Though Deacon rarely works from sketches, the overall contour of Cover is based on a drawing he made of Laurasia, one of the hypothetical primordial land masses from which our current five continents divided. The bumpy, grid-like skin of Cover brings to mind natural organisms and geological surfaces as well as manufactured objects. Deacon’s ambiguity suggests an unwillingness to believe that there is one “right” meaning, a trait central to much of the art of the 1980s and 1990s.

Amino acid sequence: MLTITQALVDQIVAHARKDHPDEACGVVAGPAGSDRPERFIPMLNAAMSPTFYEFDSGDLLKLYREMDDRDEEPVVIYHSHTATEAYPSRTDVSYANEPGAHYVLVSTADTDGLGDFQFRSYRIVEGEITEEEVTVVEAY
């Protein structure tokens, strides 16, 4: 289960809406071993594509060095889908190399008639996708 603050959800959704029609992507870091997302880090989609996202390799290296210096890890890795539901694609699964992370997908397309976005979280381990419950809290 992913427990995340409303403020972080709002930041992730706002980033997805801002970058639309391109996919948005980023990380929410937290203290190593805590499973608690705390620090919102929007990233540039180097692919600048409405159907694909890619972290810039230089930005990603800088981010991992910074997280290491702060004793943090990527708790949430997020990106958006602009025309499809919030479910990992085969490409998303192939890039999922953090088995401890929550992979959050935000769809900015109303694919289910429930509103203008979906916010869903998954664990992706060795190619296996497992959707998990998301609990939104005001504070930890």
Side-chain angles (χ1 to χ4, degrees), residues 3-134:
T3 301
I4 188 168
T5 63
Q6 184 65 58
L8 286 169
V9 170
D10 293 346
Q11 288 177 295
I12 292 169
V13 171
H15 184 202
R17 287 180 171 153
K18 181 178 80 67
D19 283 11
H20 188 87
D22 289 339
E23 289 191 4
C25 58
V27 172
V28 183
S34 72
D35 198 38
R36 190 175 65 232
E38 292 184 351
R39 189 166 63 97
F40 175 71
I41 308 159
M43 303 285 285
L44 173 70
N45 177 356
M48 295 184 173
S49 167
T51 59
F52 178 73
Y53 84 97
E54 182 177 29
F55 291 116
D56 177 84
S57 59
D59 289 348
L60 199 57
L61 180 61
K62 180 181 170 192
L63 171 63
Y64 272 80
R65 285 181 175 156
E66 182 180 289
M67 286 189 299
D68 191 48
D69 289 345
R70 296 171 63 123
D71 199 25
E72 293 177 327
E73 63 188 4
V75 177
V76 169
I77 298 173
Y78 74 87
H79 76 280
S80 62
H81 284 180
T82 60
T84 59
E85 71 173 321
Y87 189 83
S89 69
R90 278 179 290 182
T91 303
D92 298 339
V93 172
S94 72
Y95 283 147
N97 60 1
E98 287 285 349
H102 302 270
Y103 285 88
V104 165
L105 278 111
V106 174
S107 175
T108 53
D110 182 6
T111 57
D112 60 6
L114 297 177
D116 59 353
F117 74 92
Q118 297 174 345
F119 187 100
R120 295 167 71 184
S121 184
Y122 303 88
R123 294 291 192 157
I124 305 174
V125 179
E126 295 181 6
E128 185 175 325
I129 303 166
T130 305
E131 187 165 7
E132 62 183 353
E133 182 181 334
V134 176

Richard Deacon Cover, 1990 Collection of the Akron Art Museum Richard Deacon's labor-intensive methods of fabrication focus attention on the innate physical properties of materials, such as the sensual burnished copper of Cover. His sculptures are all unfamiliar abstract forms, without links to any prior experience. Nevertheless rich psychological associations emanate from the shapes and materials. Deacon was raised in Sri Lanka and England; his mother was a surgeon and his father a pilot. The artist began art studies in 1968; he received a B.A. from St. Martin's School of Art and an M.A. from the Royal College of Art. He has taught in London and exhibited throughout the United States and Western Europe. In 1987 Deacon received the Turner Prize, awarded to a British artist for exceptional achievement. "I am a fabricator, not a carver or a modeller," says the artist.1 Like Donald Judd (see pp. 150–51), Deacon uses industrial and construction materials, not media such as clay and bronze that are traditionally associated with art. But unlike Judd and other American Minimalists, whose techniques embrace industrial technology, Deacon works in his studio using hand tools. He proceeds intuitively, each piece taking shape at full-scale without preplanning or small preparatory models. The result is an energetic fluidity and an awareness of the sculptor's touch. For Deacon, no choice is made solely for aesthetic reasons, but each bears the added weight of metaphorical possibility. In Cover, the hammered copper sheets recall armor or sheathing or aged leather. The oxidized surface suggests a natural geological process. Though Deacon rarely works from sketches, the overall contour of Cover is based on a drawing he made of Laurasia, one of the hypothetical primordial land masses from which our current five continents divided.2 That tie to the earth is also seen in the sculpture's gridded divisions, which recall Deacon’s interest in mapping, specifically the markings for latitude and longitude. Implicit inferences about the value of hand labor pervade Deacon's sculpture. The joy of craftsmanship, however, is mitigated by certain factors. Cover seems overbuilt, almost armored. The use of multiple staples to attach the copper sheets to the fiberglass understructure finds a parallel in other works by Deacon that have excessive numbers of screws, brackets, and rivets. This extreme craftsmanship borders on a disquieting obsessiveness. Deacon’s titles are carefully chosen. Art may be visual, but language makes us think about art. “Cover” is a noun and a verb at the same time, suggesting a thing and an activity.3 The word implies that something is hidden. "To cover" is also a term from horsebreeding that means to inseminate. Indeed, viewed from its projecting end, male sexual organs emerge, while from the heavier end, a mountainous, crooked spine summons images of a landscape or beast. Describing several earlier pieces, Deacon made an observation that also applies to Cover: "In all the work the organic, the inorganic, and the human, are somehow combined."4 Appropriately, Cover is somewhat larger than a human figure but smaller than a monument; it is neither anthropomorphic nor architectural but an unsettling presence standing on the floor rather than a pedestal. The sculpture inevitably elicits the question, "What is it?" only to summon uncertain and contradictory responses. Cover is sensual yet threatening, beautiful and ugly, evoking both attraction and repulsion. In a catalogue essay on his wife's ceramic work, Deacon wrote that "a confusion between flatness and depth, invitation and rebuttal, characterizes our dealing with the world."5 His view of life characterizes his own art. Physical attributes are inextricably linked to charged psychological responses. - Mitchell D. Kahan, 2001 1. Richard Deacon, in gallery handout for the exhibition Making Sculpture, Tate Gallery, London, 1983. 2. Michael Newman, "From World to Earth: Richard Deacon and the End of Nature,” in Interpreting Contemporary Art, ed. Stephen Bann and William Allen (New York: IconEditions, 1991), 198. 3. Ibid., 199. 4. Richard Deacon: Talking About “For Those Who Have Ears, No. 2" and Other Works (London: Patrons of New Art/Friends of the Tate Gallery, 1985), 11. 5. Richard Deacon, Jacqui Poncelet—New Ceramics (London: Crafts Council, 1981), quoted in Richard Deacon, ed. Clark, 49. Richard Deacon, ed. Vicky A. Clark. Pittsburgh: Carnegie Museum of Art, 1988. Thompson, Jon; Pier Luigi Tazzi; and Peter Schjeldahl. Richard Deacon. London: Phaidon, 1995.